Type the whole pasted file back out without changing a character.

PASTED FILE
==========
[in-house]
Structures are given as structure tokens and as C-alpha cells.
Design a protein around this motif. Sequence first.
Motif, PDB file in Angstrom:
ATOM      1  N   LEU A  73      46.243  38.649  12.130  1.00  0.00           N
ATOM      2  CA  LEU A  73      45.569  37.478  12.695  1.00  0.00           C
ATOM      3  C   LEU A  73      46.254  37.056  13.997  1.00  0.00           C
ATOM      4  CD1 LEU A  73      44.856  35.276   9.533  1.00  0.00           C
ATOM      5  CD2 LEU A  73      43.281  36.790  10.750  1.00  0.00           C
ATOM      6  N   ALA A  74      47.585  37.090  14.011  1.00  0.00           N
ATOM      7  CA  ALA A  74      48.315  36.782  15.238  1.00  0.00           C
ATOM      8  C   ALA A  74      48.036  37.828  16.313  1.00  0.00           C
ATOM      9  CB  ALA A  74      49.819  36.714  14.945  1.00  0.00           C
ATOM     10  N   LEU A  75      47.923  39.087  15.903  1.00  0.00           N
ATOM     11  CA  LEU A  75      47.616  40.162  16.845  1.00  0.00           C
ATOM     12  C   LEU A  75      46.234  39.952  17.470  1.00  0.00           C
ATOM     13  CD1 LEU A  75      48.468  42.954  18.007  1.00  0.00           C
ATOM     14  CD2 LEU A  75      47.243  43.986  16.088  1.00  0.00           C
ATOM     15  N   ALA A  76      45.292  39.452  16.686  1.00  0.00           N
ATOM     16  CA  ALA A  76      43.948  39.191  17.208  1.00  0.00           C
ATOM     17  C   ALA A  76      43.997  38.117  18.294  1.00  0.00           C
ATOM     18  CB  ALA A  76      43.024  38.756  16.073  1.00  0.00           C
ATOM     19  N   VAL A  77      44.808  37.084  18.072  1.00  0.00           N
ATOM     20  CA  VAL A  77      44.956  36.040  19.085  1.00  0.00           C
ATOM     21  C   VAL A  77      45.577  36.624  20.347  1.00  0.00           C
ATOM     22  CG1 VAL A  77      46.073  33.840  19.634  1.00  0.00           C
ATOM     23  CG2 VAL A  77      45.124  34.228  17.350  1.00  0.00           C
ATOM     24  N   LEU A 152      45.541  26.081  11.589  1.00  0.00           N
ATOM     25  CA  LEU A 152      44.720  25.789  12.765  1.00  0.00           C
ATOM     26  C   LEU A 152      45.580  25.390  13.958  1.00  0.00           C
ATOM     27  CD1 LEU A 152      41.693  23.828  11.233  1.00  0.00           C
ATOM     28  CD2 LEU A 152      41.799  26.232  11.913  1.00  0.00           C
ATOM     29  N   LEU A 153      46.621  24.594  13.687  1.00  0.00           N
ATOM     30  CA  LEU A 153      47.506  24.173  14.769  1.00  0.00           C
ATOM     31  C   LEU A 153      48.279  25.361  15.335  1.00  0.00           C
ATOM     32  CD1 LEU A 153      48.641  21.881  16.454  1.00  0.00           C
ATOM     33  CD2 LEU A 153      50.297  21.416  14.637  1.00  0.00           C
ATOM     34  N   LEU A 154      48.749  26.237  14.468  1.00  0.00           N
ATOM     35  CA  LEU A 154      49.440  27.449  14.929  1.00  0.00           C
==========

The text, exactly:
[in-house]
Structures are given as structure tokens and as C-alpha cells.
Design a protein around this motif. Sequence first.
Motif, PDB file in Angstrom:
ATOM      1  N   LEU A  73      46.243  38.649  12.130  1.00  0.00           N
ATOM      2  CA  LEU A  73      45.569  37.478  12.695  1.00  0.00           C
ATOM      3  C   LEU A  73      46.254  37.056  13.997  1.00  0.00           C
ATOM      4  CD1 LEU A  73      44.856  35.276   9.533  1.00  0.00           C
ATOM      5  CD2 LEU A  73      43.281  36.790  10.750  1.00  0.00           C
ATOM      6  N   ALA A  74      47.585  37.090  14.011  1.00  0.00           N
ATOM      7  CA  ALA A  74      48.315  36.782  15.238  1.00  0.00           C
ATOM      8  C   ALA A  74      48.036  37.828  16.313  1.00  0.00           C
ATOM      9  CB  ALA A  74      49.819  36.714  14.945  1.00  0.00           C
ATOM     10  N   LEU A  75      47.923  39.087  15.903  1.00  0.00           N
ATOM     11  CA  LEU A  75      47.616  40.162  16.845  1.00  0.00           C
ATOM     12  C   LEU A  75      46.234  39.952  17.470  1.00  0.00           C
ATOM     13  CD1 LEU A  75      48.468  42.954  18.007  1.00  0.00           C
ATOM     14  CD2 LEU A  75      47.243  43.986  16.088  1.00  0.00           C
ATOM     15  N   ALA A  76      45.292  39.452  16.686  1.00  0.00           N
ATOM     16  CA  ALA A  76      43.948  39.191  17.208  1.00  0.00           C
ATOM     17  C   ALA A  76      43.997  38.117  18.294  1.00  0.00           C
ATOM     18  CB  ALA A  76      43.024  38.756  16.073  1.00  0.00           C
ATOM     19  N   VAL A  77      44.808  37.084  18.072  1.00  0.00           N
ATOM     20  CA  VAL A  77      44.956  36.040  19.085  1.00  0.00           C
ATOM     21  C   VAL A  77      45.577  36.624  20.347  1.00  0.00           C
ATOM     22  CG1 VAL A  77      46.073  33.840  19.634  1.00  0.00           C
ATOM     23  CG2 VAL A  77      45.124  34.228  17.350  1.00  0.00           C
ATOM     24  N   LEU A 152      45.541  26.081  11.589  1.00  0.00           N
ATOM     25  CA  LEU A 152      44.720  25.789  12.765  1.00  0.00           C
ATOM     26  C   LEU A 152      45.580  25.390  13.958  1.00  0.00           C
ATOM     27  CD1 LEU A 152      41.693  23.828  11.233  1.00  0.00           C
ATOM     28  CD2 LEU A 152      41.799  26.232  11.913  1.00  0.00           C
ATOM     29  N   LEU A 153      46.621  24.594  13.687  1.00  0.00           N
ATOM     30  CA  LEU A 153      47.506  24.173  14.769  1.00  0.00           C
ATOM     31  C   LEU A 153      48.279  25.361  15.335  1.00  0.00           C
ATOM     32  CD1 LEU A 153      48.641  21.881  16.454  1.00  0.00           C
ATOM     33  CD2 LEU A 153      50.297  21.416  14.637  1.00  0.00           C
ATOM     34  N   LEU A 154      48.749  26.237  14.468  1.00  0.00           N
ATOM     35  CA  LEU A 154      49.440  27.449  14.929  1.00  0.00           C